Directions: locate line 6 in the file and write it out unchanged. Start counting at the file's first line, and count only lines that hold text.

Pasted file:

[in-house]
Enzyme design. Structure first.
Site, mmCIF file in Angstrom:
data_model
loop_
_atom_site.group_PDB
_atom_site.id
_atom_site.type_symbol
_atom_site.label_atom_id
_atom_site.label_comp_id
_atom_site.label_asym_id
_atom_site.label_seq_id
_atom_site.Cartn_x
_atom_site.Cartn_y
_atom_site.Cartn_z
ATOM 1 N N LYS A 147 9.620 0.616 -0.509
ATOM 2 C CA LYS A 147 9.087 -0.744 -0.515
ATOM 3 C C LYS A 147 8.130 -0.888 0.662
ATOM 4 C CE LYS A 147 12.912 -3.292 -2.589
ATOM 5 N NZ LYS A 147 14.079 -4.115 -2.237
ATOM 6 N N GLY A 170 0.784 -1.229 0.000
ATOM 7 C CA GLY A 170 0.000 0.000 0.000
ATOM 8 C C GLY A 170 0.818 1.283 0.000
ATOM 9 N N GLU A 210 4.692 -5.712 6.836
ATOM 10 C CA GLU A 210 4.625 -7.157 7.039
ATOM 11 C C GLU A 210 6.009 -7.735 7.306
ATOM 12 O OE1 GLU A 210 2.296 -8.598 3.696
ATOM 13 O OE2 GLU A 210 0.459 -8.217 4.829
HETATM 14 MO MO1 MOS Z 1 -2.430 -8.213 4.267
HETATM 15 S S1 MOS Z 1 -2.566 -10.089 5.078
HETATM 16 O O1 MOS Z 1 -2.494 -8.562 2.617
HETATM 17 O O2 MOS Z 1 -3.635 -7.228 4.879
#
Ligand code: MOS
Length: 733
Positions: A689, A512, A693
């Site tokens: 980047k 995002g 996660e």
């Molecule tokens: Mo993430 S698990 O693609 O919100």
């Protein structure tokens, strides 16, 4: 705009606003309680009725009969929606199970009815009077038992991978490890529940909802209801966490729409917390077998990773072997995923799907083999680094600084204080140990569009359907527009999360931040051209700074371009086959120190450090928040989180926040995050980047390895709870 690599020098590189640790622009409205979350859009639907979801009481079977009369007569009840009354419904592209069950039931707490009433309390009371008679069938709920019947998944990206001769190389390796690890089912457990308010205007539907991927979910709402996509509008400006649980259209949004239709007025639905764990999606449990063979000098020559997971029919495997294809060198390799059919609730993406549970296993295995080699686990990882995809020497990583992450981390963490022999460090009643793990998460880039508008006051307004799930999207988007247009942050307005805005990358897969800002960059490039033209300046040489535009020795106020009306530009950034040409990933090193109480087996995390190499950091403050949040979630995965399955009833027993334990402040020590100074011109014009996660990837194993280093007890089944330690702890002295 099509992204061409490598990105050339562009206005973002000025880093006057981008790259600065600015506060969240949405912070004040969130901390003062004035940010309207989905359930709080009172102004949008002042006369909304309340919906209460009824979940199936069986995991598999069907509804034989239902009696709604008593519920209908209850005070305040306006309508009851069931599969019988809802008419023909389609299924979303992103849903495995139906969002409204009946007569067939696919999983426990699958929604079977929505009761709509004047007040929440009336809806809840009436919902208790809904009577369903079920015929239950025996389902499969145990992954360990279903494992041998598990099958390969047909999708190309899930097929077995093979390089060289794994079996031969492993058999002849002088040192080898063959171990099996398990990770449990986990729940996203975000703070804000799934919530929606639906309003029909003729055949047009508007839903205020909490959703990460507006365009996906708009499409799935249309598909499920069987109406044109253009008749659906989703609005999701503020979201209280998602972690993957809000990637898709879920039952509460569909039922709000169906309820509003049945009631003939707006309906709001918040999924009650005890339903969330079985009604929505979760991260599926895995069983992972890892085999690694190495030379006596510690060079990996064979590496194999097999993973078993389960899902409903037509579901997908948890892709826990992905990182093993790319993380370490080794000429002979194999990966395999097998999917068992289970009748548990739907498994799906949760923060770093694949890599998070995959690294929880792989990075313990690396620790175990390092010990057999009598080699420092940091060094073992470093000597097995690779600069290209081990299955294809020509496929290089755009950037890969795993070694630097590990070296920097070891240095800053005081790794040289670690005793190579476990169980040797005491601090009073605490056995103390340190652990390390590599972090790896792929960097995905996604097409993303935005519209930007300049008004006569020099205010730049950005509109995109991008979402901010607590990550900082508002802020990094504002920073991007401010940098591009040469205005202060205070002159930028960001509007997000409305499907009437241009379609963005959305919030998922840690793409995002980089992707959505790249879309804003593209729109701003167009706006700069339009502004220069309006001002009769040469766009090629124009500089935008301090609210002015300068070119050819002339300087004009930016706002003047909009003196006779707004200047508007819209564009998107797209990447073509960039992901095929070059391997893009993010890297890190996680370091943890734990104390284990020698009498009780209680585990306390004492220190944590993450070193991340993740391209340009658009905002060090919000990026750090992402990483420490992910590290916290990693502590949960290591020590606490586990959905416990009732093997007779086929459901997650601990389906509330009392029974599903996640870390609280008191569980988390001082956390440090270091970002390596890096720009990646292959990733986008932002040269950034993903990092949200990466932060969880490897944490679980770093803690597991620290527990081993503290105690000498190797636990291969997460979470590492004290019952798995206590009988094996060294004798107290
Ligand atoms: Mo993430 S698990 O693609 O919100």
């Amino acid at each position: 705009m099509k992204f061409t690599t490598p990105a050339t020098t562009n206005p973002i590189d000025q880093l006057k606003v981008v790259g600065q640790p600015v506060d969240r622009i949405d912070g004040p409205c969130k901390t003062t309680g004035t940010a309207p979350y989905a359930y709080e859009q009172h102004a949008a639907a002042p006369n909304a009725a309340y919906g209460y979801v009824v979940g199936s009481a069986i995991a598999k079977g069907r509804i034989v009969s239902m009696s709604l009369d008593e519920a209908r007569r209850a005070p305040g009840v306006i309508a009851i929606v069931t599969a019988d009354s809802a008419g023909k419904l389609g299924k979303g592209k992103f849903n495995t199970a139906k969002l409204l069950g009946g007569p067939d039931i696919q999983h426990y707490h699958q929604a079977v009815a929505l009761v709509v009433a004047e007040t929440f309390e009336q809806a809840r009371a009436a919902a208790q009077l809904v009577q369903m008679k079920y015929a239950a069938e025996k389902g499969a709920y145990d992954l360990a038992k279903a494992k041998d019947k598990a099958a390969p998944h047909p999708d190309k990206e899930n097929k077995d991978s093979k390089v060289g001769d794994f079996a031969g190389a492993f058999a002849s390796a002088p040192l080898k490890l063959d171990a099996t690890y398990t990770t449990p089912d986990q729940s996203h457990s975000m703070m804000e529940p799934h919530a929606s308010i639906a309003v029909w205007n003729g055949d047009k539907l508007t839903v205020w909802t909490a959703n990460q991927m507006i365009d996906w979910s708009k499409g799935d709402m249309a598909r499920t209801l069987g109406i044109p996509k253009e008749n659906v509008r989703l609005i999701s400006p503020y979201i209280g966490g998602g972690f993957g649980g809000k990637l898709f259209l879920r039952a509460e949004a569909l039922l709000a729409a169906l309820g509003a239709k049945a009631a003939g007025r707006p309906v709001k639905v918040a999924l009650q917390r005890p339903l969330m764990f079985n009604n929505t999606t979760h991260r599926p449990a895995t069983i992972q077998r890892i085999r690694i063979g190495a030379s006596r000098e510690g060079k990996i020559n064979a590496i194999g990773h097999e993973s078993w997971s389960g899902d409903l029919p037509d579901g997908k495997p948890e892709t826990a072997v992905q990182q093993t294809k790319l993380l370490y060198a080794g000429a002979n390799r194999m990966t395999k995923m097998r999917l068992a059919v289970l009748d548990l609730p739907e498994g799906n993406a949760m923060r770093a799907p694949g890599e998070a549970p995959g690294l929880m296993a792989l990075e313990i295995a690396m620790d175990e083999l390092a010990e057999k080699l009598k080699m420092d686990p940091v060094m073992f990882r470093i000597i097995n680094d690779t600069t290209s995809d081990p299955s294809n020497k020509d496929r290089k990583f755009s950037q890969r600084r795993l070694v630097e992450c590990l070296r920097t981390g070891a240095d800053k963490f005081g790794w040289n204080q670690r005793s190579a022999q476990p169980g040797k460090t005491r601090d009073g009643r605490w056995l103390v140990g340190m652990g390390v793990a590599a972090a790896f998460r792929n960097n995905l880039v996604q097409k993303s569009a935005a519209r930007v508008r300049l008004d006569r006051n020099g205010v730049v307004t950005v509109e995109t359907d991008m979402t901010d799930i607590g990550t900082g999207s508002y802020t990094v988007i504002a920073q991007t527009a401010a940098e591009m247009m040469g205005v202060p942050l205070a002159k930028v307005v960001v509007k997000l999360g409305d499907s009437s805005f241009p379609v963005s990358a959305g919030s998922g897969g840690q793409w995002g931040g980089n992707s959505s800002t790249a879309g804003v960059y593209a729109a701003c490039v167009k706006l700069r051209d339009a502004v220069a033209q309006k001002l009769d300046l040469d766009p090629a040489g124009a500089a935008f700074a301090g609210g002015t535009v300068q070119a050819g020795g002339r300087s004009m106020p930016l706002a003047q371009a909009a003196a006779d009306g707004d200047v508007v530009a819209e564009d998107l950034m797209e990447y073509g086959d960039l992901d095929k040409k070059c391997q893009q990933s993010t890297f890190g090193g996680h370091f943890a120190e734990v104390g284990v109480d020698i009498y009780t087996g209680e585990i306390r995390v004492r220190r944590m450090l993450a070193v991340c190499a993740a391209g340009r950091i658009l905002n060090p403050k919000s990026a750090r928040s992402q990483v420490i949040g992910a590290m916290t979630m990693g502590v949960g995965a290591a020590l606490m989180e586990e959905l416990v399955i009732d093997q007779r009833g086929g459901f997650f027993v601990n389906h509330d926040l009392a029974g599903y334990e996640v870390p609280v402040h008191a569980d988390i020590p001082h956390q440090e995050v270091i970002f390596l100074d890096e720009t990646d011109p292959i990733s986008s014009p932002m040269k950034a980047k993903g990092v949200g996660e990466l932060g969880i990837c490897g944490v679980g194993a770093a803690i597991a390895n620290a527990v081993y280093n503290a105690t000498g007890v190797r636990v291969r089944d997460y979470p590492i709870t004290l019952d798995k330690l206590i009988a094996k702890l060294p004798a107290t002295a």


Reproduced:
_atom_site.group_PDB